announced the Most Creative People in Business 1000 – with Chartbeat CEO Tony Haile included in the ranks. The MCP 1000 is described as “an influential, diverse group of modern Renaissance men and women across the economy and around the globe. This is more than just a list: It is a rising community, an explosion of creative inspiration, the spur for so much breaking news across the quickly changing industries that Fast Company covers.”Renaissance man, indeed. That baby-faced chap you know and love truly spends all day every day #disrupting and #innovating, fighting the good fight. Tony’s passion for building tools and solutions that equip publishers with business models to keep them around and thriving for decades to come is simply unmatched. Helping an entire industry change the way it does business through effective, sustainable metrics that measure the right goals isn’t something that happens overnight. Thankfully, years of polar exploring, circumnavigating the globe in a sailboat, and working with fifty Chartteam misfits every day forces one to be creative and resilient.We couldn’t be prouder (or less surprised).Check out Tony’s Fast Company piece on being the leader of Chartbeat or follow him on Twitter to get that British charm delivered to you in real time.
“It’s been the feeling that following metrics too closely is corruptive to good quality journalism,” Haile said. “I think if you’re following the wrong metrics that’s true.”
Salon has a big story today about Chartbeat and our CEO Tony Haile. Writer Alex Halperin discusses online journalism in the era of listicles, click-based metrics, and frequent debate regarding what topics merit coverage, and how Chartbeat may continue to shake things up in the industry – for the better, we think(!). The article features real talk with Tony about measuring content quality and value through audience engagement, click-bait journalism, and where he thinks online publishing is heading.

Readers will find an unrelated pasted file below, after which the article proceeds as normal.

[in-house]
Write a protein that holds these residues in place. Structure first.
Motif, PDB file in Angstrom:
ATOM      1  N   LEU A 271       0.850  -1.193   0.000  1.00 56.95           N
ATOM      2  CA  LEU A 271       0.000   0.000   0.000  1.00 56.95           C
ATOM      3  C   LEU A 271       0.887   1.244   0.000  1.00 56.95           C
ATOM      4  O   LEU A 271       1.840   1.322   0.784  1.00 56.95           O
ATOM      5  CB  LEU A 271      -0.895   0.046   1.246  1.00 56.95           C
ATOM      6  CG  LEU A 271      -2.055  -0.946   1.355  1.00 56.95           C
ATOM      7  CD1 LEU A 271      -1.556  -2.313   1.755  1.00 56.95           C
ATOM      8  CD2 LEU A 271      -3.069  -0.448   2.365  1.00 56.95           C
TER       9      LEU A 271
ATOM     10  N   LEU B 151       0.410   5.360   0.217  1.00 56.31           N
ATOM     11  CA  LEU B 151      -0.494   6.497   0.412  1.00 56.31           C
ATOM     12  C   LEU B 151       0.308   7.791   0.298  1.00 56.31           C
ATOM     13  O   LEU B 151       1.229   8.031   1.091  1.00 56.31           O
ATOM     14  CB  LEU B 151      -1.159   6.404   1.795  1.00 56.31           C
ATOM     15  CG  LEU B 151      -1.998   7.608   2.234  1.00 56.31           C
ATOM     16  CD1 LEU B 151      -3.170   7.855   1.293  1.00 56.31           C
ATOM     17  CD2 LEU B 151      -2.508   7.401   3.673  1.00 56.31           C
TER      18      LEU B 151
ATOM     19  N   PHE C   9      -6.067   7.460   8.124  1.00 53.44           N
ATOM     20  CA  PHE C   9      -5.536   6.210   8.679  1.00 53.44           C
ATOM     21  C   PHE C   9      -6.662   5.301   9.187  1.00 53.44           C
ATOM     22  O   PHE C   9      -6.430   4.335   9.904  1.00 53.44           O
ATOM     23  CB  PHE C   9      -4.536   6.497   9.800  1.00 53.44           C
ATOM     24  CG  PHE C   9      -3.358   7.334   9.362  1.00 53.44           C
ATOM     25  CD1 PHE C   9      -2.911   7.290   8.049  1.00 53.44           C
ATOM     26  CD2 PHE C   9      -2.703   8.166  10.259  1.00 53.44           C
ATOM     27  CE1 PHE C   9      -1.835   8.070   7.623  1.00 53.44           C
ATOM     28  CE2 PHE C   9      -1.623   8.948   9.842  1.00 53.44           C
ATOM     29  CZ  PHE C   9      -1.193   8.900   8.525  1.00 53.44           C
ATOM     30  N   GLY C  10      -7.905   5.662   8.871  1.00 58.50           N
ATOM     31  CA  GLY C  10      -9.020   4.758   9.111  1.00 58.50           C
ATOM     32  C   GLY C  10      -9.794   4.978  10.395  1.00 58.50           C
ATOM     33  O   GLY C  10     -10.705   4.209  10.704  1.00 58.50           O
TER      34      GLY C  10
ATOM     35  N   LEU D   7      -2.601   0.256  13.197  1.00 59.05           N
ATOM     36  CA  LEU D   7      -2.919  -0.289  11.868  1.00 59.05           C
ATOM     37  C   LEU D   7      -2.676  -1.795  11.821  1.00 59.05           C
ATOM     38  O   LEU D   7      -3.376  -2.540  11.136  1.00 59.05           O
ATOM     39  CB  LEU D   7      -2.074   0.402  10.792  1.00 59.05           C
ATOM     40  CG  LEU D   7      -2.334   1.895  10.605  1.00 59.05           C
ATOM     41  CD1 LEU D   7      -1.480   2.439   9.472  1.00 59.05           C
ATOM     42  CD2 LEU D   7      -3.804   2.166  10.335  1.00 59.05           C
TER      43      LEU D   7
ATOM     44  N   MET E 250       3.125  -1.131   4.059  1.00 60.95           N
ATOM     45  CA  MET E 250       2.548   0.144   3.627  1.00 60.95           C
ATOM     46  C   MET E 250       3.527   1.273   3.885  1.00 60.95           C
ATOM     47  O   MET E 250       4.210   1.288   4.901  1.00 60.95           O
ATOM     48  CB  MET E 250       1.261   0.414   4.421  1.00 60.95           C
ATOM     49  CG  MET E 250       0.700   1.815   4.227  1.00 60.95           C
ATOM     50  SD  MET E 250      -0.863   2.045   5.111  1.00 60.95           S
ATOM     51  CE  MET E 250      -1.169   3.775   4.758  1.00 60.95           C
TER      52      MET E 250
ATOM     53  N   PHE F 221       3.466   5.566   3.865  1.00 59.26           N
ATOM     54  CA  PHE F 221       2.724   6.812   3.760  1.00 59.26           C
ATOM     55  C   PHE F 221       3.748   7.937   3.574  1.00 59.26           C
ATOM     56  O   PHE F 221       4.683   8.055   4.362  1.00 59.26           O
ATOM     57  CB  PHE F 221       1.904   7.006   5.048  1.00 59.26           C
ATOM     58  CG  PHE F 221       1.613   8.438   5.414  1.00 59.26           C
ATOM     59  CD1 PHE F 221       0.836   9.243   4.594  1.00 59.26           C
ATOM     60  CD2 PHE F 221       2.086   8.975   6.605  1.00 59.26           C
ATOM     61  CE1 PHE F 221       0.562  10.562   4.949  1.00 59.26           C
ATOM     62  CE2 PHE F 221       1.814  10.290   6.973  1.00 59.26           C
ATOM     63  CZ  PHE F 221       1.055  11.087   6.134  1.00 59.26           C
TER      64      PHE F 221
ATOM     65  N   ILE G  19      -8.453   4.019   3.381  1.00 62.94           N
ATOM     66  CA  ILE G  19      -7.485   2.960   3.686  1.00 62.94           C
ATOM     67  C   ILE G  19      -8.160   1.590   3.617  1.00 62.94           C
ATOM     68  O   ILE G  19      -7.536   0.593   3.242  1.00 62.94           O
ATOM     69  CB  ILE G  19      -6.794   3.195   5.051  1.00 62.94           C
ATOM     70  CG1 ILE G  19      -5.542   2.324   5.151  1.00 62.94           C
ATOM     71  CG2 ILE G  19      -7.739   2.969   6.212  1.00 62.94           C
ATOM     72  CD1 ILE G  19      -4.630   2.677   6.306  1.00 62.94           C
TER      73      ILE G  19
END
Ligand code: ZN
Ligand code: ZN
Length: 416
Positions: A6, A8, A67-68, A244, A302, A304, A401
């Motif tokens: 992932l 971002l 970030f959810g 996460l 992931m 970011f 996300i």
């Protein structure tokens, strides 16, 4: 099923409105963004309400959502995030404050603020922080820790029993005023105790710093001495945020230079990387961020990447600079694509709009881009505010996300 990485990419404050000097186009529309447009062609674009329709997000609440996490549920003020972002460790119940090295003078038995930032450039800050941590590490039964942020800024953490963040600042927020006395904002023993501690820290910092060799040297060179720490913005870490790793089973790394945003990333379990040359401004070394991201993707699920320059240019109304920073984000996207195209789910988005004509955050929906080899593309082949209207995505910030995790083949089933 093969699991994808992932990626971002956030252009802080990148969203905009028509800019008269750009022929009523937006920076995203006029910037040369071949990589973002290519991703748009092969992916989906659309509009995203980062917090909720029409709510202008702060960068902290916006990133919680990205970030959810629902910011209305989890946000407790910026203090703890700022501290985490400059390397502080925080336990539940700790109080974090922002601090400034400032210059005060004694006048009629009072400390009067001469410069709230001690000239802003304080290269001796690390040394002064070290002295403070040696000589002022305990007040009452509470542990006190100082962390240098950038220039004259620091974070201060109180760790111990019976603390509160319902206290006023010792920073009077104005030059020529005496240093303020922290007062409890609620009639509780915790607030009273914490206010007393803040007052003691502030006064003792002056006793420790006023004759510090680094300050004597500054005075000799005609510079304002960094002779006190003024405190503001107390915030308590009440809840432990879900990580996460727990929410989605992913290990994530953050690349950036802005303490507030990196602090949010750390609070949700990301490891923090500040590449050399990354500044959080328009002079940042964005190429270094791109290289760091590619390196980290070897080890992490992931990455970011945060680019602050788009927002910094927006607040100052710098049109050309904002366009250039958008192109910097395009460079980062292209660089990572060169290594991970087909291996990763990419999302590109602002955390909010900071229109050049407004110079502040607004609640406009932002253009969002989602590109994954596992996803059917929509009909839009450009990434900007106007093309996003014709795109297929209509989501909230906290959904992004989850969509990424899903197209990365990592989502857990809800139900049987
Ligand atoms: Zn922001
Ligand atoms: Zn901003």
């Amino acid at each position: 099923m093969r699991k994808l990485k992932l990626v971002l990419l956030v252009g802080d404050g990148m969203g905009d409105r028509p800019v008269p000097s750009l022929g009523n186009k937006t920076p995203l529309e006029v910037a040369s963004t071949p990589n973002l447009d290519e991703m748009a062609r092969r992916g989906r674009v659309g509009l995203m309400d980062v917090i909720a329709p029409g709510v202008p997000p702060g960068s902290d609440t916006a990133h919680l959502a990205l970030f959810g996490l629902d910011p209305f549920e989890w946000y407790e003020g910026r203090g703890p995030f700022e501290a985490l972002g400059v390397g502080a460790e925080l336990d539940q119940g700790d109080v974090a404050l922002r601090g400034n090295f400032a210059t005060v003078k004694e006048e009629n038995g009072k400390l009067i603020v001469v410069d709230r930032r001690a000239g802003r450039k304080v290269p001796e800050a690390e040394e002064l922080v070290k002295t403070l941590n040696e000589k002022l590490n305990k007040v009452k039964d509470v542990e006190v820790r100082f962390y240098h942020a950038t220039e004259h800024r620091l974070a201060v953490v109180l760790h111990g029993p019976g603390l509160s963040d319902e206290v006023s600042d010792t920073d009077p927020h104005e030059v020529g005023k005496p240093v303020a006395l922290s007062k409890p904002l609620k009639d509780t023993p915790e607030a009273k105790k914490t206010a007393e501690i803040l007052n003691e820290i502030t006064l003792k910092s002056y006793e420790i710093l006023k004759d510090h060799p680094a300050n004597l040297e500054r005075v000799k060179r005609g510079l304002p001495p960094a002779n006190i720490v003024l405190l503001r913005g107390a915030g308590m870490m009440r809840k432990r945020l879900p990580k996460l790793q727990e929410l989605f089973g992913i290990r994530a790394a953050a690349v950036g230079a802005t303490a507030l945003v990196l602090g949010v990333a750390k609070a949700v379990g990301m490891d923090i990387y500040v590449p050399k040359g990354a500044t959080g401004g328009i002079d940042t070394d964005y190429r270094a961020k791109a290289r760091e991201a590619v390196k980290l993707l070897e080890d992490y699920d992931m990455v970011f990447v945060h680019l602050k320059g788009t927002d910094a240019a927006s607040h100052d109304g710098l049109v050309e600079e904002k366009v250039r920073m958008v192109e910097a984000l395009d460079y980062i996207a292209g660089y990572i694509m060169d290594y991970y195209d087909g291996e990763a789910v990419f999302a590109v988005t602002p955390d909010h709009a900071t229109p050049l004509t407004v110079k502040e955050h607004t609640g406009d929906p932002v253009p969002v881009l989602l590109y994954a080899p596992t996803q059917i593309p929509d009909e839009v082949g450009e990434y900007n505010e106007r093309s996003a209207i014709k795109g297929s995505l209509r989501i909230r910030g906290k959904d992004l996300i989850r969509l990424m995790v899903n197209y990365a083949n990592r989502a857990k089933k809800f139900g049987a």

Here’s the whole article and enjoy the excerpt below. If you have questions or comments, tweet at Tony – he’d love to hear from you.But as Haile presents it, Chartbeat wants to change the data editors and, more importantly, advertisers care about. He thinks this could improve journalism’s quality by reducing the incentive to write click-bait headlines, produce unnecessary slideshows, pointlessly paginate articles and indulge in other chicanery to inflate page views.Raising page views for its own sake, “Doesn’t help the audience,” Haile said. “The advertiser doesn’t get anything more from it. It’s just a way of gaming the numbers.”“If [a headline reads] ‘Prince William caught in love triangle,’ it doesn’t matter what the story says,” Haile said. “I’ve got that click, I’ve got that page view. So it lends itself to lower quality.” But in a media climate where every post is judged on its own terms — whether it’s a war zone dispatch or a curated list of tweets about “Mad Men” – how can quality be measured?Haile thinks the crucial metric should be time, how long a page captures readers’ attention. He believes that articles that engage readers, and are therefore more likely to create a loyal audience, should be worth more to advertisers. That might sound simple, but almost two decades into the era of online media, the industry hasn’t been able to make that happen.
– From “This man decides what you read”, Salon
Chartbeat CEO Tony Haile never hesitates to shake things up when he’s talking about the world of online publishing. Accordingly, he just wrote a thought-provoking piece for paidContent, titled “Cargo cults or the Wright Brothers? Metrics can improve newsrooms but only if the culture is ready” – I hope you’ll read it and share your reactions.